Complicating the generational divide, Scott’s grandfather, William S. Nicholson, a World War II veteran and a retired stock broker, has watched what he described as America’s once mighty economic engine losing its pre-eminence in a global economy. The grandfather has encouraged his unemployed grandson to go abroad — to “Go West,” so to speak.
“I view what is happening to Scott with dismay,” said the grandfather, who has concluded, in part from reading The Economist, that Europe has surpassed America in offering opportunity for an ambitious young man. “We hate to think that Scott will have to leave,” the grandfather said, “but he will.”
The grandfather’s injunction startled the grandson. But as the weeks pass, Scott Nicholson, handsome as a Marine officer in a recruiting poster, has gradually realized that his career will not roll out in the Greater Boston area — or anywhere in America — with the easy inevitability that his father and grandfather recall, and that Scott thought would be his lot, too, when he finished college in 2008.
In this era, cradle to grave corporate opportunity has been dramatically diminished and all types of corporate career employment severely reduced. Technology reduces the need for a lot of middle management and technology has also created a global economy that makes other nations more competitive.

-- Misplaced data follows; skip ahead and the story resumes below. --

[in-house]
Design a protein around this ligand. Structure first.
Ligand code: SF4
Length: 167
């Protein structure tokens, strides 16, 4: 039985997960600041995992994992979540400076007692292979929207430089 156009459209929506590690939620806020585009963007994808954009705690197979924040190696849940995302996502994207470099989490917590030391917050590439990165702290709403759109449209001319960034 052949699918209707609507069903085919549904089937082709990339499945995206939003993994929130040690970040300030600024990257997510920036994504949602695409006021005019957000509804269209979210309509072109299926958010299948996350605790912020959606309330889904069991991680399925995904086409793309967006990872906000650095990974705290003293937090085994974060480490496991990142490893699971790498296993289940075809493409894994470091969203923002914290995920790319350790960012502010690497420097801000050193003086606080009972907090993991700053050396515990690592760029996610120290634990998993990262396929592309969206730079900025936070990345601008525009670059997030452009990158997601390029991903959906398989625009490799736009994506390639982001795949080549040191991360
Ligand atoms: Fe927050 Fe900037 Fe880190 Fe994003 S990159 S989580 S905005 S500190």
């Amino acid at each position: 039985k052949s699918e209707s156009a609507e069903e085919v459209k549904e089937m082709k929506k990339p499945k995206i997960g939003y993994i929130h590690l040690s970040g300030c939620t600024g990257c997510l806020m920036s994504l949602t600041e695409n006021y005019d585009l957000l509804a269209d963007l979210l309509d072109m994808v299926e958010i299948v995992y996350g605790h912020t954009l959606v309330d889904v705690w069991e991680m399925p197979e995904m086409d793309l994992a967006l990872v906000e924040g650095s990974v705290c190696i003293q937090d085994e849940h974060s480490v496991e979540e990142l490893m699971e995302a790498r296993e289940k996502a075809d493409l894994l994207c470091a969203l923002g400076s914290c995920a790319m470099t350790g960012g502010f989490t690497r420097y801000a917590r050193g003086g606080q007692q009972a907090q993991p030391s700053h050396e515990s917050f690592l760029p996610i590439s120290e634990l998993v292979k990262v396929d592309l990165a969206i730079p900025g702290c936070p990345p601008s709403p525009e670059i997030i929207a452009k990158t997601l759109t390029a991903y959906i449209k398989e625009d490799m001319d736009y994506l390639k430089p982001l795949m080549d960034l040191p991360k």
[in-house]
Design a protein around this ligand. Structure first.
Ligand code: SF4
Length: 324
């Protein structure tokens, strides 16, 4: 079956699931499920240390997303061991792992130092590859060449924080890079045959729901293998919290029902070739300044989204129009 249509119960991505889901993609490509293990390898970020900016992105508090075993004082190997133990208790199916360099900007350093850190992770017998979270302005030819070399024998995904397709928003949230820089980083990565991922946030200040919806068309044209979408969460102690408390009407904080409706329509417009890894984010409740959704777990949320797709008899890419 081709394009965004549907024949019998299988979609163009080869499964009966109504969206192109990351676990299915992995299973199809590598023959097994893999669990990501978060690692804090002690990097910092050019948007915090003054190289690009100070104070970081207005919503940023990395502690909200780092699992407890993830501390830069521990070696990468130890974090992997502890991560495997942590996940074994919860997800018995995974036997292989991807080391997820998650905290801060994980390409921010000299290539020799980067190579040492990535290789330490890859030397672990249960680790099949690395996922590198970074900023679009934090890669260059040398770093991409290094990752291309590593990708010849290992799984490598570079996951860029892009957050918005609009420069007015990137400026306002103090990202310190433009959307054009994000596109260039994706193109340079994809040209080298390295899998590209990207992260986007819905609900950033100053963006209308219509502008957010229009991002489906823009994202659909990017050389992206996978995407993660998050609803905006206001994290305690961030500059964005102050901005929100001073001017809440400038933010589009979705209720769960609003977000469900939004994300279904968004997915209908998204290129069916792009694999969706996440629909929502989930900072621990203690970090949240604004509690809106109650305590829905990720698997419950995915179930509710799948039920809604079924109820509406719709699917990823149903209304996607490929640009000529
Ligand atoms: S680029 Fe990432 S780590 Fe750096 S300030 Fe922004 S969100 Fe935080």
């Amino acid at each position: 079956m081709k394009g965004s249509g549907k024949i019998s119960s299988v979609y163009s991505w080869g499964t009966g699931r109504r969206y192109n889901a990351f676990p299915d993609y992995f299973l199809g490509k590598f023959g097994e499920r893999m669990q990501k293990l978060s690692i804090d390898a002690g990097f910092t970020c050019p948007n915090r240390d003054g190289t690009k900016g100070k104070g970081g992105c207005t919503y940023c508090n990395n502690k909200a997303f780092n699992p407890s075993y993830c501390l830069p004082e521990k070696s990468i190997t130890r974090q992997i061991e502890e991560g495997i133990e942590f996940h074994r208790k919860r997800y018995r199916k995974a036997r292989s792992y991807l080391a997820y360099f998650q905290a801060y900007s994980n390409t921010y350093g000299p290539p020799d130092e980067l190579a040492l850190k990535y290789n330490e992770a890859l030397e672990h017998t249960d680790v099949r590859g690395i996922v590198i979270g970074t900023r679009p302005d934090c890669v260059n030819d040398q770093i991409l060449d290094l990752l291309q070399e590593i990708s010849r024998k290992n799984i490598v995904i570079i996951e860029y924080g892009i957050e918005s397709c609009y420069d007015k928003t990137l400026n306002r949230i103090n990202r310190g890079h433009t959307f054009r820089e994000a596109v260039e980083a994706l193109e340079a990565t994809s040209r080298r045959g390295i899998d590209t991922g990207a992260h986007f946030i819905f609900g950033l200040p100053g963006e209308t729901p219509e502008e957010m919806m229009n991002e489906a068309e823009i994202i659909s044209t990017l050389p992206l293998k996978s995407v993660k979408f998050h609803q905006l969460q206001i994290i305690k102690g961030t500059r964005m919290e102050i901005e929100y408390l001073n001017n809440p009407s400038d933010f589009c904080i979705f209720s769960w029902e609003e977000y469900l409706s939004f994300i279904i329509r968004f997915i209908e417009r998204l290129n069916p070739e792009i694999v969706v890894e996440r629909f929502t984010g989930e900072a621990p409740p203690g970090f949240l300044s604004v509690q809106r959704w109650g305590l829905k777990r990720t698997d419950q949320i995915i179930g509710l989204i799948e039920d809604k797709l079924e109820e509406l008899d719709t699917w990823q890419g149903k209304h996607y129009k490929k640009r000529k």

Examples of this fact we see here in North Carolina include Thomasville the furniture manufacture and Cannon Mills the largest maker of towels in the USA. Faced with rising labor costs Thomasville moved most of its operation to China. Many US jobs were lost.
Cannon stuck to their cradle to the grave with the US approach and went bust.
The end result? In both examples US jobs were lost.
When we embrace change, the technology that has destroyed the old era can make our lives even better because this technology enhances profits in micro businesses.
Micro businesses can be better than a job! With a micro you are the boss and can choose how to have self fulfillment… and your business can be fun and can be unusual… funky… even off the wall.
This is why we created our Hall of Funky Micro Business ideas.
Here is a new funky business idea we can add to the hall.
Create a funky tour business.
How odd can your tours be?
Very odd indeed… such as shown by this excerpt from a June 25, 2010 article in National Geographic entitled Mooning Over Solar Eclipses.
Photo (Composed of 55 Calibrated Images): Miloslav Druckmuller, Peter Aniol, Vojtech Rusin.